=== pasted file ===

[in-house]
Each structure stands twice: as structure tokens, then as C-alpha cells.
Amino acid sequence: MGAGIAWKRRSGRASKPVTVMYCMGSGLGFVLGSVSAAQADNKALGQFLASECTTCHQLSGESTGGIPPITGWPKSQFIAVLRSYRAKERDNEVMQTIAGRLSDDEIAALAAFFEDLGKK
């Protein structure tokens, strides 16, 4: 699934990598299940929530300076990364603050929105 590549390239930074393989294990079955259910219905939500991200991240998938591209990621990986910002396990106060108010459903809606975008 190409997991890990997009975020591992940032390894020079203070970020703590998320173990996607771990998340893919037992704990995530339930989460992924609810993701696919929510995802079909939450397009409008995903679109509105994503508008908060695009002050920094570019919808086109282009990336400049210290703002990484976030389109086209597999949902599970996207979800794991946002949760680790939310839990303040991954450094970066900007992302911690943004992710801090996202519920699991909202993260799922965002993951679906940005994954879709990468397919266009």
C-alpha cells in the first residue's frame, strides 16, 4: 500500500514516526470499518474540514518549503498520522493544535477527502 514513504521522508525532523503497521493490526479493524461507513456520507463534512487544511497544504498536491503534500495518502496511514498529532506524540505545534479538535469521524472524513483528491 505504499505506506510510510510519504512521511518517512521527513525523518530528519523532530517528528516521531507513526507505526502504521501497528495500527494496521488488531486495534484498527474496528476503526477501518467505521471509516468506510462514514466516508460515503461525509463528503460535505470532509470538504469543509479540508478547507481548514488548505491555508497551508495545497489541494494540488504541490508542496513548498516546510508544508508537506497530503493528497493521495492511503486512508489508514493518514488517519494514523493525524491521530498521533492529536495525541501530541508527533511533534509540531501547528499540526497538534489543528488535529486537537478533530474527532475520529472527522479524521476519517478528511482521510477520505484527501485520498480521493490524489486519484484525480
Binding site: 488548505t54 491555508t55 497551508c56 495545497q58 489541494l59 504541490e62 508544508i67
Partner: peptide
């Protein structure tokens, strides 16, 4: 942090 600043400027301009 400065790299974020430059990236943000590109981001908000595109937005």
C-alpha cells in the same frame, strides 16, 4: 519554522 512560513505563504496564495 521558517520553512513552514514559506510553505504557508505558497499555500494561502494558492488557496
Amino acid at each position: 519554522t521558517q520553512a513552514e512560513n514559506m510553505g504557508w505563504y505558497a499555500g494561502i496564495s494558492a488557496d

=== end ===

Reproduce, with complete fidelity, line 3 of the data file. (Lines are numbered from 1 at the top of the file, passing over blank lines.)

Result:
Amino acid sequence: MGAGIAWKRRSGRASKPVTVMYCMGSGLGFVLGSVSAAQADNKALGQFLASECTTCHQLSGESTGGIPPITGWPKSQFIAVLRSYRAKERDNEVMQTIAGRLSDDEIAALAAFFEDLGKK